From Orhan Pamuk, “My Father’s Suitcase,” Nobel Lecture, December 6, 2006:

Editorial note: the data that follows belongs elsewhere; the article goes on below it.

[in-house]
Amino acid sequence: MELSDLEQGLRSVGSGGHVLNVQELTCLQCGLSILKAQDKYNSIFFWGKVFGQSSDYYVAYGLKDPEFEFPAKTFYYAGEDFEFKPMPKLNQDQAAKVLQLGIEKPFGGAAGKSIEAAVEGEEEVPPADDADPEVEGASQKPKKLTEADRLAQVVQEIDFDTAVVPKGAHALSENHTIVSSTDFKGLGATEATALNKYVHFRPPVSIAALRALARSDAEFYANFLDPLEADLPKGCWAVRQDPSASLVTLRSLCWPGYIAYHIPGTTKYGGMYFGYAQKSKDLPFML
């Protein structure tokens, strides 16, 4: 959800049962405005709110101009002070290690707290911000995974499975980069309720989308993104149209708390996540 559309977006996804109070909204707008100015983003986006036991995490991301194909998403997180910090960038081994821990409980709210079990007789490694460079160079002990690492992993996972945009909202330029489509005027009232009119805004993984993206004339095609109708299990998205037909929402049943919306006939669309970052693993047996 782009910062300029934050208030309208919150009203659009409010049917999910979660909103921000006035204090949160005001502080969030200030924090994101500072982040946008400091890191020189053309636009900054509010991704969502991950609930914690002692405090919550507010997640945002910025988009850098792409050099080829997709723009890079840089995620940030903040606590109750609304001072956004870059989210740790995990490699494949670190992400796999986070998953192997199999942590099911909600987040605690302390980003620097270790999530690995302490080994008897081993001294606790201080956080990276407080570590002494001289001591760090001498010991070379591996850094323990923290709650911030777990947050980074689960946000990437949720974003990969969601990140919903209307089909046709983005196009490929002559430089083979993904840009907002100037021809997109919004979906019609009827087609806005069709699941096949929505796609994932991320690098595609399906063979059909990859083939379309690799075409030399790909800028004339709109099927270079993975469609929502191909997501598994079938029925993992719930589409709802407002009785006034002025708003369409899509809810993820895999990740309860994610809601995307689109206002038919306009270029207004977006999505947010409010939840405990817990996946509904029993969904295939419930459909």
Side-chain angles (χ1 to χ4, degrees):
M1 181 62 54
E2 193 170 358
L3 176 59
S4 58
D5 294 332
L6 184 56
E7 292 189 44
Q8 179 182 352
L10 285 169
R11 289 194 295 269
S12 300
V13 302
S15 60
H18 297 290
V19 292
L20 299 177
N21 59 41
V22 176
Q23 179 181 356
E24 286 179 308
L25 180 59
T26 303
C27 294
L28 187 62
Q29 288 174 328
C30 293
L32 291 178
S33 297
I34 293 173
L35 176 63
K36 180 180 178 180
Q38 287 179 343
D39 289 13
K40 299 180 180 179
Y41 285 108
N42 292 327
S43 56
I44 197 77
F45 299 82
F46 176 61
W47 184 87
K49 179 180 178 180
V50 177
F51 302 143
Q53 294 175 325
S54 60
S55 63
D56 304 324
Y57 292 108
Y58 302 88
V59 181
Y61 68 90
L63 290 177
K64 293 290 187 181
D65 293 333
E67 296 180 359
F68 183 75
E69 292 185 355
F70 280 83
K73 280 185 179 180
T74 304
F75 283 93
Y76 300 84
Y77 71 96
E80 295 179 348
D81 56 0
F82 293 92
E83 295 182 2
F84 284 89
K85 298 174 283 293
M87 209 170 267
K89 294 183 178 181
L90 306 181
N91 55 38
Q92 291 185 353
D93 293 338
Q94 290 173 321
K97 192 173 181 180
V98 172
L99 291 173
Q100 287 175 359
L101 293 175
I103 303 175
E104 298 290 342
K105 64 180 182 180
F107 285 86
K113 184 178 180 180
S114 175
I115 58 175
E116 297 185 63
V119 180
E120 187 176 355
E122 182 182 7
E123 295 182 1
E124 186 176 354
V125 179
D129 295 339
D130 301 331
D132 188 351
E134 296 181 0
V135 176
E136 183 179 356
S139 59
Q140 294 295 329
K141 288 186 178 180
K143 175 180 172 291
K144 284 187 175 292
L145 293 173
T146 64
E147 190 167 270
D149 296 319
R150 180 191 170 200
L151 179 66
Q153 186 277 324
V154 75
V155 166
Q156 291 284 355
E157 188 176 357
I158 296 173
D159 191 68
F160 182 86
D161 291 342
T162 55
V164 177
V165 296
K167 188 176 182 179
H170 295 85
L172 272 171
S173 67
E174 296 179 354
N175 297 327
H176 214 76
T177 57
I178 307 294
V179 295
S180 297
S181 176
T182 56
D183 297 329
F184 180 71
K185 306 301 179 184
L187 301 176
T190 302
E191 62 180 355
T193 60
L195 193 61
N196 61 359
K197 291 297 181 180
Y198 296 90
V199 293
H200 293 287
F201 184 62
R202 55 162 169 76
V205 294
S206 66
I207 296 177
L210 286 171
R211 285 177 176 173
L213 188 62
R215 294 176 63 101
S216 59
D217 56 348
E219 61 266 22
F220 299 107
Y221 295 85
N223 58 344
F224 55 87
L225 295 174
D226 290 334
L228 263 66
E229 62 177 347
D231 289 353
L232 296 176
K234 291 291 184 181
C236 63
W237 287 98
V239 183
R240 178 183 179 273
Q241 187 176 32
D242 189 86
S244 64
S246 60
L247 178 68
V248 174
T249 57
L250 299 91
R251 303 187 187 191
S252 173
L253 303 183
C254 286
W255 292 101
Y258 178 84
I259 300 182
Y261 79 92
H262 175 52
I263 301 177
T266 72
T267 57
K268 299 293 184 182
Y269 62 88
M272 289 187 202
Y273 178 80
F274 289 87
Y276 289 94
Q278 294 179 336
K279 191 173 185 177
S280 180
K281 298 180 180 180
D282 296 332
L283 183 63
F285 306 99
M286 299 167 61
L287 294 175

My father had a good library — 1,500 volumes in all — more than enough for a writer. By the age of 22, I had perhaps not read them all, but I was familiar with each book — I knew which were important, which were light but easy to read, which were classics, which an essential part of any education, which were forgettable but amusing accounts of local history, and which French authors my father rated very highly. Sometimes I would look at this library from a distance and imagine that one day, in a different house, I would build my own library, an even better library — build myself a world. When I looked at my father’s library from afar, it seemed to me to be a small picture of the real world. But this was a world seen from our own corner, from Istanbul.